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German Airmen - The Huts Cemetery


German Airmen. The Huts Cemetery. Ypres Salient. Battlefields Belgium. Flanders
Authors image. The Huts Cemetery.

Grave II.A.1 Ernst Hadrich. Observer. Feldflieger Abteilung 8. KIA 17.10.17 Grave II.A.1 Heinrich Horstmann, Pilot. Feldflieger Abteilung 8. KIA 17.10.17. They were shot down by British Ace Major Jimmy McCudden and were his seventeenth victory. McCudden wrote about the action in which he shot down Heinrich and Hadrich in his autobiography ‘Flying Fury’: ‘Very soon I got to my position, and fired a good burst from my Vickers, when the LVG at once burst into flames which issued from the centre section. While the Hun was turning to the left, I could see the unfortunate observer standing up in an attitude of abject dejection. As he turned, I saw the flame, which had burned the fabric off his rudder, had gone out, for apparently there was not much petrol in the centre section to burn for long. By now the Hun was gliding down towards the North, as he had no means of turning either way, I was interested in following him down until he landed in our lines, for we were now over Vlamertinghe. But another member of the patrol arrived and at once commenced shooting at the poor unfortunate Hun, who went in a dive and broke into pieces… I followed the wreckage down till the Hun crashed and then landed alongside… I went to take a look at the Hun, and I found two groups of Australian infantry. I pushed my way into the middle of the first group and found that the attraction was the observer, who had fallen from the machine at about 5,000 feet. He was a huge man named Ernst Hadrich… I went over to the other group of men and found the remains of the machine and the pilot.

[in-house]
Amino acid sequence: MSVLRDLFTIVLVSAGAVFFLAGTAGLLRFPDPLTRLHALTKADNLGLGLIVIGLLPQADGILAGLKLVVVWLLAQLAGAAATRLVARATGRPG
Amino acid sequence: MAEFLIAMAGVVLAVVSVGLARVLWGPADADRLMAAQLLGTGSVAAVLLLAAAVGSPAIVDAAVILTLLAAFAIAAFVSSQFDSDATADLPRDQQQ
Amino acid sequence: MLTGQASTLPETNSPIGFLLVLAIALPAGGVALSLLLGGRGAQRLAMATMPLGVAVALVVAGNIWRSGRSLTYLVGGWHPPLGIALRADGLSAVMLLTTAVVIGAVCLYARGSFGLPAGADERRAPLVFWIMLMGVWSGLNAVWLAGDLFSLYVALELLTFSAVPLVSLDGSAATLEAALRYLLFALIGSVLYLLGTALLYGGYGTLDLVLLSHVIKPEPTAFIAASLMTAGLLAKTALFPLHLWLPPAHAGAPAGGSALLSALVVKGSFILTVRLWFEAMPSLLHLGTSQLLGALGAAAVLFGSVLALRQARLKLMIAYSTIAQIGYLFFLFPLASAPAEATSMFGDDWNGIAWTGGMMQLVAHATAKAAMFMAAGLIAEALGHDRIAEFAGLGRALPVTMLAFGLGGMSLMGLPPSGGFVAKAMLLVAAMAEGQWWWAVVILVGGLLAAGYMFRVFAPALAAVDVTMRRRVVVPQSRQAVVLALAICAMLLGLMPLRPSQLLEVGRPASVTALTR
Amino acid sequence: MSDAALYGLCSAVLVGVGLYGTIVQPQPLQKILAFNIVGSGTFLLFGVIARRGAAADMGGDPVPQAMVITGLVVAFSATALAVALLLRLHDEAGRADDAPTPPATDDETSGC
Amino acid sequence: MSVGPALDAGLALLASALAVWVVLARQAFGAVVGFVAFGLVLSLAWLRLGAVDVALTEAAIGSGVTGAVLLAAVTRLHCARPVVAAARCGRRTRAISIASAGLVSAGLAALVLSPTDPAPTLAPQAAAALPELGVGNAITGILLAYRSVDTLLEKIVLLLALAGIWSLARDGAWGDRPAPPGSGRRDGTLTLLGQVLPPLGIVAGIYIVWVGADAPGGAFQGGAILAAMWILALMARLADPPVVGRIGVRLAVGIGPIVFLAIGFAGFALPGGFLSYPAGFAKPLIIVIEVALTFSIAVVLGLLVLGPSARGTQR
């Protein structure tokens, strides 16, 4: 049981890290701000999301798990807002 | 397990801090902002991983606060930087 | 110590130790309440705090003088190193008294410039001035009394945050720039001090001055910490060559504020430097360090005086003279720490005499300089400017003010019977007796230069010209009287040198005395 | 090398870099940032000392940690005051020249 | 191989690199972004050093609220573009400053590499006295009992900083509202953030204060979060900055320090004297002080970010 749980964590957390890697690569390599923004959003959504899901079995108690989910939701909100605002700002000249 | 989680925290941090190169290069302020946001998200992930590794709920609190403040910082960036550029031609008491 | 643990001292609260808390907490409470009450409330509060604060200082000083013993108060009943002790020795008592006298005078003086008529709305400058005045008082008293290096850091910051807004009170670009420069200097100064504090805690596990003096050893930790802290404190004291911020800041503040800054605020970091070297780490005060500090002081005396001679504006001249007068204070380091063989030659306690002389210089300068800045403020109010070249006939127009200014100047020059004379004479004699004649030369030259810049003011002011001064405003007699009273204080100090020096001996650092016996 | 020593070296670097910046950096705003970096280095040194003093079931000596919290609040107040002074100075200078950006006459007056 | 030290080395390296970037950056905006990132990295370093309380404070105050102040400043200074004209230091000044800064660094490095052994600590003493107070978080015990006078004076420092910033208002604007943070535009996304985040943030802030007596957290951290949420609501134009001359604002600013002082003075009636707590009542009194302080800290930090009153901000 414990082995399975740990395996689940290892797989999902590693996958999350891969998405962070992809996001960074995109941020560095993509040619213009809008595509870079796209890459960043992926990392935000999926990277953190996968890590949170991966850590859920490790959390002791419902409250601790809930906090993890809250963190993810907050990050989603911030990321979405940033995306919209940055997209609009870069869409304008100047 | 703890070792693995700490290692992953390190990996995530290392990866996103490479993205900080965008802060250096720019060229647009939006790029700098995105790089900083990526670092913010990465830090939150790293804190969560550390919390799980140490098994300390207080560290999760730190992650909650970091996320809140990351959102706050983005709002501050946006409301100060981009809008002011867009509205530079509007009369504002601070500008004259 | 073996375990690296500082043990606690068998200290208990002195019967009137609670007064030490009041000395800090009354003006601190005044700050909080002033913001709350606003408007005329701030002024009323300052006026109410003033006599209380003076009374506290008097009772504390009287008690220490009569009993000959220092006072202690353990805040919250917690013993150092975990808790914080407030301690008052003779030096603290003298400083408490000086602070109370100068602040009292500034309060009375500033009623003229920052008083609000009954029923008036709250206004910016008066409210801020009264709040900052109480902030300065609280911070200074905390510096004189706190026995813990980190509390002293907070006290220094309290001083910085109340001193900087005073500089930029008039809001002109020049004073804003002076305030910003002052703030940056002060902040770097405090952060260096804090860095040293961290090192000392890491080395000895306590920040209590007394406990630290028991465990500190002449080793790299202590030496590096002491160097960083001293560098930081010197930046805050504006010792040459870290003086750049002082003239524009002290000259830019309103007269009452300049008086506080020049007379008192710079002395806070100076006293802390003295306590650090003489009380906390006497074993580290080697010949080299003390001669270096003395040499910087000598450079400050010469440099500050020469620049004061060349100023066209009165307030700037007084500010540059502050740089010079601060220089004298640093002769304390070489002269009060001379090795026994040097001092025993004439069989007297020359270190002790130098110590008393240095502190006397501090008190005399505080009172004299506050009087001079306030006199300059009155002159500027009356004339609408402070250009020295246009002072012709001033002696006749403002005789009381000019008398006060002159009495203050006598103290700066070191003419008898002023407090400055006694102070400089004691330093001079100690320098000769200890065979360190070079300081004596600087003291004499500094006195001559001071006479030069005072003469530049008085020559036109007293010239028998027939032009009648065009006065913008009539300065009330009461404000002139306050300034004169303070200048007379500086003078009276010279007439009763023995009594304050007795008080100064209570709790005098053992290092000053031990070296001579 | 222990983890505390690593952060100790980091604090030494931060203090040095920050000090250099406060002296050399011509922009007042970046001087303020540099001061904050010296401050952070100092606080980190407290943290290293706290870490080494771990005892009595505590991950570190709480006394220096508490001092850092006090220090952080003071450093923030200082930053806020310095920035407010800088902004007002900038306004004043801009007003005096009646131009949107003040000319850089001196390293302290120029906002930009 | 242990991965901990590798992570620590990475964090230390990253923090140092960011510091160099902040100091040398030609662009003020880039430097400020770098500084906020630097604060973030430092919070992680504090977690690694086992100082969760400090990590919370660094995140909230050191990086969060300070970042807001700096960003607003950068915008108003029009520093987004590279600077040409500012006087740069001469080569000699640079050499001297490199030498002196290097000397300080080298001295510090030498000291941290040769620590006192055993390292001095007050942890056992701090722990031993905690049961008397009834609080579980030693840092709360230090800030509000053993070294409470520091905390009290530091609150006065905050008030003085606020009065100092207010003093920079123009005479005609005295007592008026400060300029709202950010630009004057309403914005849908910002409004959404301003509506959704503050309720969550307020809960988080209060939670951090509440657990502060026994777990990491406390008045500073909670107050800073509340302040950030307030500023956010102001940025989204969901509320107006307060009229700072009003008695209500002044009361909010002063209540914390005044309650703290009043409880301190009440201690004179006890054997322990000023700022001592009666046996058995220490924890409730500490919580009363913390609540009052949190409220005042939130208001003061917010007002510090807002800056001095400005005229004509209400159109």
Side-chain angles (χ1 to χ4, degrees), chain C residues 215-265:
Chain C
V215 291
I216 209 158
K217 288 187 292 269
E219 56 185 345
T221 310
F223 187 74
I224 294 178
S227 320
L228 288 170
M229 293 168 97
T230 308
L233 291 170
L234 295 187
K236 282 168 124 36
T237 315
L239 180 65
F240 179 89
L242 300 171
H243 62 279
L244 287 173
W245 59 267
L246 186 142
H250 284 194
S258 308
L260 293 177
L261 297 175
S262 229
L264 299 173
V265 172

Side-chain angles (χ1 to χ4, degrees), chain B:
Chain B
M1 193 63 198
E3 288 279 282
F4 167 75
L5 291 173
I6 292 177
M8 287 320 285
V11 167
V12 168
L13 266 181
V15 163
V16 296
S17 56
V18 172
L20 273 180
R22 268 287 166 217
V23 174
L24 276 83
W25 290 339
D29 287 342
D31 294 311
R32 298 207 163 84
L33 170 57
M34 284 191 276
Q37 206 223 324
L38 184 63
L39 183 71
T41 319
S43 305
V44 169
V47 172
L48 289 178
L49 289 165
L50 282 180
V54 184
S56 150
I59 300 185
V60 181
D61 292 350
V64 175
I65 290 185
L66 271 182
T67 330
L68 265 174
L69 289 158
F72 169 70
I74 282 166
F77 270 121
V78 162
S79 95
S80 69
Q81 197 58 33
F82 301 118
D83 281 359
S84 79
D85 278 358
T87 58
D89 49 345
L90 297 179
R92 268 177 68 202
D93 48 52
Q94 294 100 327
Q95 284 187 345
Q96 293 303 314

Major James Thomas Byford McCudden, VC, DSO & Bar, MC & Bar, MM was a British flying ace and among the most highly decorated airmen in British military history. McCudden joined the Royal Engineers in 1910. Having an interest in mechanics he transferred to the Royal Flying Corps (RFC) in 1913 at which time he first came into regular contact with aircraft. At the outbreak of war in 1914 he flew as an observer before training as a fighter pilot in 1916.

Major Jimmy McCudden. The Huts Cemetery. Ypres Salient. Battlefields Belgium. Flanders
Major Jimmy McCudden RFC

McCudden claimed his first victory in September 1916 flying the Airco DH.2. He claimed his fifth victory - making him an ace - on 15 February 1917. For the next six months he served as an instructor and flew defensive patrols over London. He returned to the frontline in summer 1917 flying the S.E.5a. That same year he dispatched a further 31 enemy aircraft while claiming multiple victories in one day on 11 occasions. With his six British medals and one French, McCudden received more awards for gallantry than any other airman of British nationality serving in the First World War. He was also one of the longest serving. By 1918, in part due to a campaign by the Daily Mail newspaper, McCudden became one of the most famous airmen in the British Isles.


At the time of his death, he had achieved 57 aerial victories, placing him seventh on the list of the war's most successful aces. Just under two-thirds of his victims can be identified by name. This is possible since, unlike other Allied aces, a substantial proportion of McCudden's claims were made over Allied-held territory. The majority of his successes were achieved with 56 Squadron RFC and all but five were shot down while McCudden was flying the S.E.5a. On 9 July 1918, McCudden was killed in a flying accident when his aircraft crashed on take-off due to engine failure. His rank at the time of his death was Major, a significant achievement for a man who had begun his career in the RFC as an air mechanic. McCudden is buried at the British war cemetery at Beauvoir-Wavans.

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